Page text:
Yeah, it’s huge, how the media depicts minorities and how those images affect people’s minds. I mean, I think especially like those people in Charlottesville, probably most of them had never met a black person before. But you see these really negative depictions in media and that’s what people start to believe and that’s why I think it’s so important that films like this one get made. That’s why Black Panther was so important and Get Out and all of these movies that, you know, show black people as being real people. You can have a movie with a bunch of black people and they’re all different and they all have their own agency and they are all fully-rounded, multi-dimensional and are just people. That’s hugely important. I definitely think about that as an actress: what are the types of images that I want to reflect and support? And what are the things that I didn’t get to see growing up as a young black girl? I didn’t see myself reflected or see that many characters that I identified with. And so yeah, I want to try and change that and contribute to a more positive narrative of us.
Often it’s the case that when you did see yourself reflected back then, it was through bit parts or stereotypes.
Completely, yeah. It was always like this super one-dimensional stereotype. And, you know, there are amazing filmmakers, obviously someone like Spike, who have from the beginning not been doing that. But it’s important to continue having filmmakers who are changing that.
One facet of that conversation concerns colorism and why darker-skinned actors seem to get fewer leading roles. Zendaya, your Spider-Man co-star, brought attention to it when she said, “I am Hollywood’s acceptable version of a black girl and that has to change.”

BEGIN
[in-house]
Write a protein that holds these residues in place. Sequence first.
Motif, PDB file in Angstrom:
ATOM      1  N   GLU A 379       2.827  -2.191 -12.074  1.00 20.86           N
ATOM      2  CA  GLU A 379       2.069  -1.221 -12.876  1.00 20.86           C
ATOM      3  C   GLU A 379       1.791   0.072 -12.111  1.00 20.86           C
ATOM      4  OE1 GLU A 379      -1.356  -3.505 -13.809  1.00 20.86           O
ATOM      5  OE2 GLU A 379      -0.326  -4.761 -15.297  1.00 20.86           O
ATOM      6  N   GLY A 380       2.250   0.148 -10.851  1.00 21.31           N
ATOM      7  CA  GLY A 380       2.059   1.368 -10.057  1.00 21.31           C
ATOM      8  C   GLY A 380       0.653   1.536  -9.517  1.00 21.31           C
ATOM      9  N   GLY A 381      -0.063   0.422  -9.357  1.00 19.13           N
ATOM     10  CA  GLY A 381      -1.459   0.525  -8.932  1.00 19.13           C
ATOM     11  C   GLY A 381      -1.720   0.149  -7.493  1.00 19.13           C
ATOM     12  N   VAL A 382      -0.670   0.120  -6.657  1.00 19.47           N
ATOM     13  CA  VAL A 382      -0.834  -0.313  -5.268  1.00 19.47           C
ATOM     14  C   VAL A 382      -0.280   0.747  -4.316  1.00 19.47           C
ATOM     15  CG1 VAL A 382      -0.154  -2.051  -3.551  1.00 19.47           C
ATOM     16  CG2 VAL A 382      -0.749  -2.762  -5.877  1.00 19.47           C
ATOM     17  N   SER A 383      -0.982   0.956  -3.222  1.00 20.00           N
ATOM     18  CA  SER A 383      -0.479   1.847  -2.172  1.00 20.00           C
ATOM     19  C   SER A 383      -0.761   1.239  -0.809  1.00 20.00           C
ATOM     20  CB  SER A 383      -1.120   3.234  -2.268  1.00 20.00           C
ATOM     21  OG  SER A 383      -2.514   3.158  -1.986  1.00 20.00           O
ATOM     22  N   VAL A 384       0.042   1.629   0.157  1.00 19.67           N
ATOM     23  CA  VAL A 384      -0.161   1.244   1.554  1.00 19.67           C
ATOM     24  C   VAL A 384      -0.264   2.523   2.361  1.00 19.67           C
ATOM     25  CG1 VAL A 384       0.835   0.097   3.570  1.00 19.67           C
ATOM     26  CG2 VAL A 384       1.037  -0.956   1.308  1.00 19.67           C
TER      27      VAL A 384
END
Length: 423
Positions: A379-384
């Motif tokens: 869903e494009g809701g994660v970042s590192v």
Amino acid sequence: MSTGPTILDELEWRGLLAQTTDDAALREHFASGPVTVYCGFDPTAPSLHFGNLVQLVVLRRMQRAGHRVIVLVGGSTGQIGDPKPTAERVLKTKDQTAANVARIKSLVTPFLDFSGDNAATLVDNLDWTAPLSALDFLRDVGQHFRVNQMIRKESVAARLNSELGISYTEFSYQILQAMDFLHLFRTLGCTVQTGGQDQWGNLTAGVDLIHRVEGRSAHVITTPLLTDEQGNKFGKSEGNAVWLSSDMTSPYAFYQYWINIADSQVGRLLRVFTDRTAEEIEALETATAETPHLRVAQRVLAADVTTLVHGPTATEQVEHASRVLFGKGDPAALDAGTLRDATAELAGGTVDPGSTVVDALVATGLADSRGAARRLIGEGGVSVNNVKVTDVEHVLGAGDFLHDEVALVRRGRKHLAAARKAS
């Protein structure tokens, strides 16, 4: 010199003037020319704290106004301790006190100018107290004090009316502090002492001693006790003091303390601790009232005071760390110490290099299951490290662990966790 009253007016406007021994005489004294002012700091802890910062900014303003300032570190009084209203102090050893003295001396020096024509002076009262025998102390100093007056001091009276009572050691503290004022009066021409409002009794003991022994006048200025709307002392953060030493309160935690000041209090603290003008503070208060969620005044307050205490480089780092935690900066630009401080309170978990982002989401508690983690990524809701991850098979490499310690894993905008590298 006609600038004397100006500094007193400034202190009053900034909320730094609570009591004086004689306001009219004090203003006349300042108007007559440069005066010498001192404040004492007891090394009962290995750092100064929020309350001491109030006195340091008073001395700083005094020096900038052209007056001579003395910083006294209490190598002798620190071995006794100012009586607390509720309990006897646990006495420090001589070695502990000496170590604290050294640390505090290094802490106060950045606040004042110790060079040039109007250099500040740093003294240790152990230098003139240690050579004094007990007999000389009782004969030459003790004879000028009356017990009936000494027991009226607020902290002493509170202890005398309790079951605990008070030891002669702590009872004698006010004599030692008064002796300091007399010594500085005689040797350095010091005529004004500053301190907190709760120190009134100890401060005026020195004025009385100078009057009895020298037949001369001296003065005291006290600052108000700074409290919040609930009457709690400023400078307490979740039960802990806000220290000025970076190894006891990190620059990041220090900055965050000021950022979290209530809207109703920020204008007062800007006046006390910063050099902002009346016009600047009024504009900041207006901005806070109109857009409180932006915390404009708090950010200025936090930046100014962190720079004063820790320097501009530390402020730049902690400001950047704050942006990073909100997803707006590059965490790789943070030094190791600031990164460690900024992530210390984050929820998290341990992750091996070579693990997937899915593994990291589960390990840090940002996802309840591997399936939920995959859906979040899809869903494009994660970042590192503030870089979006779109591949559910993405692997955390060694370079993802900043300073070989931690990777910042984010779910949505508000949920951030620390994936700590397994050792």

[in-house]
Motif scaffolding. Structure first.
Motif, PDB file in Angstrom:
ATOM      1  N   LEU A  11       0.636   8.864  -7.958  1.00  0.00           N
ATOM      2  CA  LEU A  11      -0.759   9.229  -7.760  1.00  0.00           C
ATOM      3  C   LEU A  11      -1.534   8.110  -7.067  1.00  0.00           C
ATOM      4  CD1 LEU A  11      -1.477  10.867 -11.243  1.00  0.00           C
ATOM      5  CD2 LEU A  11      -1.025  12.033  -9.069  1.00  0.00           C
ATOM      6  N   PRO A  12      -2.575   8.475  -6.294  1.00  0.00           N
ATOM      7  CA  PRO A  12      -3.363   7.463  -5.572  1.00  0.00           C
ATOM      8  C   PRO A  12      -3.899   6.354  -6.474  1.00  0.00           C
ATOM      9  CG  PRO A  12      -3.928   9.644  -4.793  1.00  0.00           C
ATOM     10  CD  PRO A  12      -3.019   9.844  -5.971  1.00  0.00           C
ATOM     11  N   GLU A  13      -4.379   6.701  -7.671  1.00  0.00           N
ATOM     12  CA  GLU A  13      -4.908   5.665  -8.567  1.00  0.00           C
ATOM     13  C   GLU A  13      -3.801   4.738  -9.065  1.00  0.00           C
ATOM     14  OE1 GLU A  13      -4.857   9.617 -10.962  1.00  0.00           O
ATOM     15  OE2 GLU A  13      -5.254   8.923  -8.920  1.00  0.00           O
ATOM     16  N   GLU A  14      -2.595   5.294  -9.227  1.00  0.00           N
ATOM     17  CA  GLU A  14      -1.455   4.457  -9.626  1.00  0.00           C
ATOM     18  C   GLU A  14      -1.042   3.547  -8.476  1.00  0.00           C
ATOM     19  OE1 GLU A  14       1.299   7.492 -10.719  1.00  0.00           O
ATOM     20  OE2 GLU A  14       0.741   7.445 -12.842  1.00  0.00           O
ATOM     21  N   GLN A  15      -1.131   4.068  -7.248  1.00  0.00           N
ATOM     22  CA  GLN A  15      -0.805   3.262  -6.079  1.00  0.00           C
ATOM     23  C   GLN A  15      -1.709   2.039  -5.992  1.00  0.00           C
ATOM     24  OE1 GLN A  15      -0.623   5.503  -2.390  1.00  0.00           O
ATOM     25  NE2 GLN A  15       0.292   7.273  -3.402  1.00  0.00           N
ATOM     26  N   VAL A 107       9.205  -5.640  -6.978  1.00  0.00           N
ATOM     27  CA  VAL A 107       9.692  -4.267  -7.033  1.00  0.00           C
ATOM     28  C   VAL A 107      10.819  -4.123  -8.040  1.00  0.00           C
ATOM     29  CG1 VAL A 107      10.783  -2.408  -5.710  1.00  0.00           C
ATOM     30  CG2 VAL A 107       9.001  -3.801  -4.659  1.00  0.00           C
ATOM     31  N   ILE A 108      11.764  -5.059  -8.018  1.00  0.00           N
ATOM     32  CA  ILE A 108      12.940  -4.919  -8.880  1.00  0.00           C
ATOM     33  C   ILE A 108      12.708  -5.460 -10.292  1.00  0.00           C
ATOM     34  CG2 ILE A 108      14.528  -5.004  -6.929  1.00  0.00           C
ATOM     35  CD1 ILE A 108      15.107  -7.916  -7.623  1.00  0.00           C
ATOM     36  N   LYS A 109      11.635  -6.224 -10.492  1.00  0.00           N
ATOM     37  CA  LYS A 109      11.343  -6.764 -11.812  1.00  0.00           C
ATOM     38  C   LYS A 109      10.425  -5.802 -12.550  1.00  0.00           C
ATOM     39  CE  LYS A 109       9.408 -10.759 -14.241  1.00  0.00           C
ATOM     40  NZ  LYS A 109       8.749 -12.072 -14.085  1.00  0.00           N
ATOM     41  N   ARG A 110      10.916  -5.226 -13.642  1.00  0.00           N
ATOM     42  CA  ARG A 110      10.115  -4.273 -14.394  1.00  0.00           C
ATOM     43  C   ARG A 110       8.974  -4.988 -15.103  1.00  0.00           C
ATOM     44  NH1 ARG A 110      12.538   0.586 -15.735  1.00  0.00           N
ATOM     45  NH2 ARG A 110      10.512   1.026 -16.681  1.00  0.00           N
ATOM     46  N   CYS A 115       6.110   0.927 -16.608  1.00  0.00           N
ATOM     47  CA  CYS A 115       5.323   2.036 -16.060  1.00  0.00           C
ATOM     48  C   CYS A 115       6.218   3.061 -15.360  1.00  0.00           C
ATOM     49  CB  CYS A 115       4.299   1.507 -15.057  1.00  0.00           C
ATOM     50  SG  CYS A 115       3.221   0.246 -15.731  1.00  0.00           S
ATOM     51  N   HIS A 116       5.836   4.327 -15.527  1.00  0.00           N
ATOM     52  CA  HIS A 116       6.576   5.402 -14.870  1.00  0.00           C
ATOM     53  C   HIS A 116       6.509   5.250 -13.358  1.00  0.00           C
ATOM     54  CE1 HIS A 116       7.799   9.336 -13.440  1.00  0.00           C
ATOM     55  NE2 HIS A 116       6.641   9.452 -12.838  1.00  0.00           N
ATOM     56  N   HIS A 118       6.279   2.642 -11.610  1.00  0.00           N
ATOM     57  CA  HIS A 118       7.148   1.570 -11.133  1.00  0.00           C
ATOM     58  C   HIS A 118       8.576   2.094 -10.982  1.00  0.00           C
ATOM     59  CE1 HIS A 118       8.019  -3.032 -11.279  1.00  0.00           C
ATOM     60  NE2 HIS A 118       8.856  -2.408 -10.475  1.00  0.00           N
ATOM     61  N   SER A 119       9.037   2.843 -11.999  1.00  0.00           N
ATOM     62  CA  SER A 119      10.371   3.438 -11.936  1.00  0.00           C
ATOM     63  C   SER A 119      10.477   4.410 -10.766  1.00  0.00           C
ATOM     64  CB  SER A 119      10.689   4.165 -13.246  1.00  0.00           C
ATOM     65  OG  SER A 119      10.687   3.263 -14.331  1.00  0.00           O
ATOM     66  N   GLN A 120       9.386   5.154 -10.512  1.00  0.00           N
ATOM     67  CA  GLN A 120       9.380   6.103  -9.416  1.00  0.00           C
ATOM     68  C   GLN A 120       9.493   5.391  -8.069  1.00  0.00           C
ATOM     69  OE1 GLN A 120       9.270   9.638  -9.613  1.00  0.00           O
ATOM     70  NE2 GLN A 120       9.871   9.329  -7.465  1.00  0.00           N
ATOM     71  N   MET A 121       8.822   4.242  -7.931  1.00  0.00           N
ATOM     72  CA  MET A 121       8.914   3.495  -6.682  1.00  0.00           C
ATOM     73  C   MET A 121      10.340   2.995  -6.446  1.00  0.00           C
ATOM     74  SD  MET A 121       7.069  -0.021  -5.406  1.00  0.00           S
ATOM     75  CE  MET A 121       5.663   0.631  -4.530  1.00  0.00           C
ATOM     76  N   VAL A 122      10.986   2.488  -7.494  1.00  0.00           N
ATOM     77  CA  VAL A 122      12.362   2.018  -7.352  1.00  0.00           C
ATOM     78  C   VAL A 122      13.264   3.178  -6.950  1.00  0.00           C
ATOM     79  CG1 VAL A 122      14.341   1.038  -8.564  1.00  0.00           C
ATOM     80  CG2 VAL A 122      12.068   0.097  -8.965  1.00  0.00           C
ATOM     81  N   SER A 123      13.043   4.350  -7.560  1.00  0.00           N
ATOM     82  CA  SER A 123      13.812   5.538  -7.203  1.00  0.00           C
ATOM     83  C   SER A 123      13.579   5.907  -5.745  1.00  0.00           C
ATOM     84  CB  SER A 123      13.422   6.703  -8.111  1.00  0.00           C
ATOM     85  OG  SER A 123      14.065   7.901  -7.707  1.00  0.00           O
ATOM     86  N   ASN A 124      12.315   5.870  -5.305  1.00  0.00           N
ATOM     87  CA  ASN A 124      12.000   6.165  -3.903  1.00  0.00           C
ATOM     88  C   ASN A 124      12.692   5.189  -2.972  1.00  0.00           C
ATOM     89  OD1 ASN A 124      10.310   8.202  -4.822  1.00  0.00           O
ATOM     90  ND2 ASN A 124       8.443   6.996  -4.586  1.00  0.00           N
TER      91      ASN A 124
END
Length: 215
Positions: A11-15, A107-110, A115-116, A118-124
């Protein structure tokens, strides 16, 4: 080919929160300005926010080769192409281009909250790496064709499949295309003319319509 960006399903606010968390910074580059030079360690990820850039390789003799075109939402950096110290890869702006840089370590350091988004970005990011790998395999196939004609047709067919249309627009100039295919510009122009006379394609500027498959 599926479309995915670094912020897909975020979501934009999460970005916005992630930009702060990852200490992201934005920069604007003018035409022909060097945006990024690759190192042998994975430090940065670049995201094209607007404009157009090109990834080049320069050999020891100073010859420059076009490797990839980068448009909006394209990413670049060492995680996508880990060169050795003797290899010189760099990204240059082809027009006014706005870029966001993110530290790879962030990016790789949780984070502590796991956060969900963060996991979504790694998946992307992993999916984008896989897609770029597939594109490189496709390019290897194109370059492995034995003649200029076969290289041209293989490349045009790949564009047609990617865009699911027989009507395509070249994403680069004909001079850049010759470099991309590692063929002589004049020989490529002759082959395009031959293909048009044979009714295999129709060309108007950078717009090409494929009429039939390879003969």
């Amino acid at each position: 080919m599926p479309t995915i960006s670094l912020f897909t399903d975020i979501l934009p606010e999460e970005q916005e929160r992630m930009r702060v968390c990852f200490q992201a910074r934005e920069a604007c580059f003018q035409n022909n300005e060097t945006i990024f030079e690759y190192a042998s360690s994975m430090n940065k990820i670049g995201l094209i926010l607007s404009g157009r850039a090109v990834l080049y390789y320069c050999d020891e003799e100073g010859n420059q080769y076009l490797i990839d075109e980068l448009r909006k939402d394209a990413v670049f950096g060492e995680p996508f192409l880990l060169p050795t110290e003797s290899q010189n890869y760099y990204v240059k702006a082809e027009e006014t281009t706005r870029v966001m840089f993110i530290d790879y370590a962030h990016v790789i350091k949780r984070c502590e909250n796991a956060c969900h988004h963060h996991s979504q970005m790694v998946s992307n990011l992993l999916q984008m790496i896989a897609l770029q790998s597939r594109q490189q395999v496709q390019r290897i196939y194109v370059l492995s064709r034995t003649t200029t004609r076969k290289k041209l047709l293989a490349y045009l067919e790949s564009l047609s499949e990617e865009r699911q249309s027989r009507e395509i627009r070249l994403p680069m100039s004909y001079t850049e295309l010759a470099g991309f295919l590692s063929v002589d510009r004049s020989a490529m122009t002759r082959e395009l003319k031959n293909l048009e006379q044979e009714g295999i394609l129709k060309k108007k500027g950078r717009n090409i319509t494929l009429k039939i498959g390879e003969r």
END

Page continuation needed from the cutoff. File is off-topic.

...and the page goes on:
No, yeah, I think it’s incredibly important. The depictions that we’re now seeing of black women in media and film, it’s a very narrow swath of the black experience. My experience as a black woman is very different than a lot of others’. Everyone’s path is unique. I think it’s really important that we’re representative of all women of color. And, you know, it is disappointing when you look at the actresses of my generation right now. Most of us are light-skinned and biracial and there’s a lot more people who need to be seen and represented. So yeah, it’s definitely something that I’m aware of. I think most of us are aware of that and can hopefully speak out about it and start to change things as well.
And not be the only ones talking about it as well.
Yeah, definitely not. And also, you know, I’ve been afforded a lot of privileges because of the color of my skin and my background and everything and not everyone has that, so it’s really important to see other people as well.
I wanted to talk about Flip for a second, the white cop who doubles as Ron when meeting with Klan members. He explains to Ron that before he faced people who hate him for his heritage, he never really had to think much about being Jewish. That feels like what lots of minorities often have to navigate, especially when bigotry becomes inescapable—suddenly realizing that what you’d always considered just one aspect of your identity is all other people see.